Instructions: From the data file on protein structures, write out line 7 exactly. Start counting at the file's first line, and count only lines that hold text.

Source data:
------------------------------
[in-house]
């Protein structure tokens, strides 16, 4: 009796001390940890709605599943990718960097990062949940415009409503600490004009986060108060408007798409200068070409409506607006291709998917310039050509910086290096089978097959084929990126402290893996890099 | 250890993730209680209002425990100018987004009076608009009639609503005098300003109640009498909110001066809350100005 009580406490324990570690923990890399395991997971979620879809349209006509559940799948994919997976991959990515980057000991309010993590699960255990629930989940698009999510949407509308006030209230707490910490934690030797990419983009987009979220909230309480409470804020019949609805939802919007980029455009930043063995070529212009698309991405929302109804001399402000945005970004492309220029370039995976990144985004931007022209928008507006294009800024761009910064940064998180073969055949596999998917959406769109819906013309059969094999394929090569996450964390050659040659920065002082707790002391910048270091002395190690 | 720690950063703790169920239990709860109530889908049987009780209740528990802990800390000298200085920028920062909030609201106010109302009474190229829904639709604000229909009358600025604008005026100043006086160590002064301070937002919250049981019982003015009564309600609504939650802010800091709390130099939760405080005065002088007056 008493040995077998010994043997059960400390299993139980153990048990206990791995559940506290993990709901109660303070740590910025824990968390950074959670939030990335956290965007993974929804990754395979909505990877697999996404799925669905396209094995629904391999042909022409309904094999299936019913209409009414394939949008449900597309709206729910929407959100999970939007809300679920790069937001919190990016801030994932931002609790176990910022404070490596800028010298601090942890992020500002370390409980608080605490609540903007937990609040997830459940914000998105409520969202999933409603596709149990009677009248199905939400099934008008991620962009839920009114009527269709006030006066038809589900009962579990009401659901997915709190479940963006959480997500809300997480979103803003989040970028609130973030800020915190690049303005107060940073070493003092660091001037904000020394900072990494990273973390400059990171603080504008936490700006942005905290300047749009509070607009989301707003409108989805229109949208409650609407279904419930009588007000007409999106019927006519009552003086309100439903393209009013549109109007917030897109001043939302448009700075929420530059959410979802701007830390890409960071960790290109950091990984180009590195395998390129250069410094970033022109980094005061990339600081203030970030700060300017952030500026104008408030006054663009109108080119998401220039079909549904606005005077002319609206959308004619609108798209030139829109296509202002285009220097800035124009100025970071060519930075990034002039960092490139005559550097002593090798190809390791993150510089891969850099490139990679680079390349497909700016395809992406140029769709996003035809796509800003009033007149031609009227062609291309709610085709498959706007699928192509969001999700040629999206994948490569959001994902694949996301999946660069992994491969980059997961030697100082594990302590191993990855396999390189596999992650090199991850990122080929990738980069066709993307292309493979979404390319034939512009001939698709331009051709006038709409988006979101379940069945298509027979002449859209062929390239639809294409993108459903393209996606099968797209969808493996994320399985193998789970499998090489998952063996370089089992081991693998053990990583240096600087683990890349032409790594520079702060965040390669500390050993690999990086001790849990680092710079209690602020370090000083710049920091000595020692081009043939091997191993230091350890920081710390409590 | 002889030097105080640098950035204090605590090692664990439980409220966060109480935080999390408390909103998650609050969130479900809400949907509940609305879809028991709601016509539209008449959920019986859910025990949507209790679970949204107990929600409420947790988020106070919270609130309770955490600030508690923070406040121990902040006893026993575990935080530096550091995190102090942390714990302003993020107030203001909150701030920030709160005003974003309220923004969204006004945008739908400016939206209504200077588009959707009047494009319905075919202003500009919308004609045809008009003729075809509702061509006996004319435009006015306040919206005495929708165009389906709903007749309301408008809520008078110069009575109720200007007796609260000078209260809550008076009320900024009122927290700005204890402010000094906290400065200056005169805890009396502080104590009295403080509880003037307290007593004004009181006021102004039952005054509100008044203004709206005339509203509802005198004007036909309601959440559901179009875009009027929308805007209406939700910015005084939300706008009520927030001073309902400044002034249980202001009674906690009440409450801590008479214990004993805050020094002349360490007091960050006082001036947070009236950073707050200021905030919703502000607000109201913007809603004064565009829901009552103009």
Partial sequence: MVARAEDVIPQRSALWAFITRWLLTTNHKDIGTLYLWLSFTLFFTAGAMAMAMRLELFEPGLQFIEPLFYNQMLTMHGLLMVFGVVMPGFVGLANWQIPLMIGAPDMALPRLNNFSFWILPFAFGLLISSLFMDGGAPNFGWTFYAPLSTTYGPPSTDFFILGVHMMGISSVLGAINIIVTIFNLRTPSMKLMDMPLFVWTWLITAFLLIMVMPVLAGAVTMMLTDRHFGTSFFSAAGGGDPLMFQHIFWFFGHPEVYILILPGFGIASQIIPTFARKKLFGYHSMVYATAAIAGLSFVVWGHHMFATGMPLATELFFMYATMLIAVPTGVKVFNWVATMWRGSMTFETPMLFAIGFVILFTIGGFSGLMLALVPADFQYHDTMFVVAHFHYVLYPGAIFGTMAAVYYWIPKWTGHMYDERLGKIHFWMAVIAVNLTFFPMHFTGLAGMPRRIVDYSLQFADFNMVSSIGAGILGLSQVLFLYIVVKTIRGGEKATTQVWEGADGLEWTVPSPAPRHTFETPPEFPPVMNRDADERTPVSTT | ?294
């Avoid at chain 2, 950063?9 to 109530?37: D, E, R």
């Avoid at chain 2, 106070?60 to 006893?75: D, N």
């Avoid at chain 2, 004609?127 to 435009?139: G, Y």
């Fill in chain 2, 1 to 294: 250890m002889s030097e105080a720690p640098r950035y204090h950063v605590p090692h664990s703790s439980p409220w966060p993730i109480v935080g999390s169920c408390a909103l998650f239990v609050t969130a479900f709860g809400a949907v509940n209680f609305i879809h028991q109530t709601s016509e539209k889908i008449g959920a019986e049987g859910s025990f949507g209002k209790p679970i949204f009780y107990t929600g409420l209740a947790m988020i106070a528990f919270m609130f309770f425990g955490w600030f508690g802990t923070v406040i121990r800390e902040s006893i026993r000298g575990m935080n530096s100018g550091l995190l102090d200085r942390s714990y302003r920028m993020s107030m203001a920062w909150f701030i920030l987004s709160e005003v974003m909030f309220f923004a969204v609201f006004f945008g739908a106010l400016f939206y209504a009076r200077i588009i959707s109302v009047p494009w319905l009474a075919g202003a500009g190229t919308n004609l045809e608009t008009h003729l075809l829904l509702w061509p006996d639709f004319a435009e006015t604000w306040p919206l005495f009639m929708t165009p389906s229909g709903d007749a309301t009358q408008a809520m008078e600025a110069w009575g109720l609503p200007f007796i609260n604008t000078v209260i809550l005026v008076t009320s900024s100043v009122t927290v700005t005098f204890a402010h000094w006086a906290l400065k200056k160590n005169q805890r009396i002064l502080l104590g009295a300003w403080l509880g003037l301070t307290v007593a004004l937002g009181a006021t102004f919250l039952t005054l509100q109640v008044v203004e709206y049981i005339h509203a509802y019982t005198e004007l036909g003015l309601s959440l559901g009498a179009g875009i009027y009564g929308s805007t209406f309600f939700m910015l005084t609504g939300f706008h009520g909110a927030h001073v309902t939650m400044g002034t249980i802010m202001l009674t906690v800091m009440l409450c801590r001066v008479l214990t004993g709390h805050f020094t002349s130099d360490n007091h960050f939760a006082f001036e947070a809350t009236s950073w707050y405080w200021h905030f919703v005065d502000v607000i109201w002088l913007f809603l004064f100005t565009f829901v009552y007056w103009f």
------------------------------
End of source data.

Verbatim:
């Fill in chain 2, 1 to 294: 250890m002889s030097e105080a720690p640098r950035y204090h950063v605590p090692h664990s703790s439980p409220w966060p993730i109480v935080g999390s169920c408390a909103l998650f239990v609050t969130a479900f709860g809400a949907v509940n209680f609305i879809h028991q109530t709601s016509e539209k889908i008449g959920a019986e049987g859910s025990f949507g209002k209790p679970i949204f009780y107990t929600g409420l209740a947790m988020i106070a528990f919270m609130f309770f425990g955490w600030f508690g802990t923070v406040i121990r800390e902040s006893i026993r000298g575990m935080n530096s100018g550091l995190l102090d200085r942390s714990y302003r920028m993020s107030m203001a920062w909150f701030i920030l987004s709160e005003v974003m909030f309220f923004a969204v609201f006004f945008g739908a106010l400016f939206y209504a009076r200077i588009i959707s109302v009047p494009w319905l009474a075919g202003a500009g190229t919308n004609l045809e608009t008009h003729l075809l829904l509702w061509p006996d639709f004319a435009e006015t604000w306040p919206l005495f009639m929708t165009p389906s229909g709903d007749a309301t009358q408008a809520m008078e600025a110069w009575g109720l609503p200007f007796i609260n604008t000078v209260i809550l005026v008076t009320s900024s100043v009122t927290v700005t005098f204890a402010h000094w006086a906290l400065k200056k160590n005169q805890r009396i002064l502080l104590g009295a300003w403080l509880g003037l301070t307290v007593a004004l937002g009181a006021t102004f919250l039952t005054l509100q109640v008044v203004e709206y049981i005339h509203a509802y019982t005198e004007l036909g003015l309601s959440l559901g009498a179009g875009i009027y009564g929308s805007t209406f309600f939700m910015l005084t609504g939300f706008h009520g909110a927030h001073v309902t939650m400044g002034t249980i802010m202001l009674t906690v800091m009440l409450c801590r001066v008479l214990t004993g709390h805050f020094t002349s130099d360490n007091h960050f939760a006082f001036e947070a809350t009236s950073w707050y405080w200021h905030f919703v005065d502000v607000i109201w002088l913007f809603l004064f100005t565009f829901v009552y007056w103009f």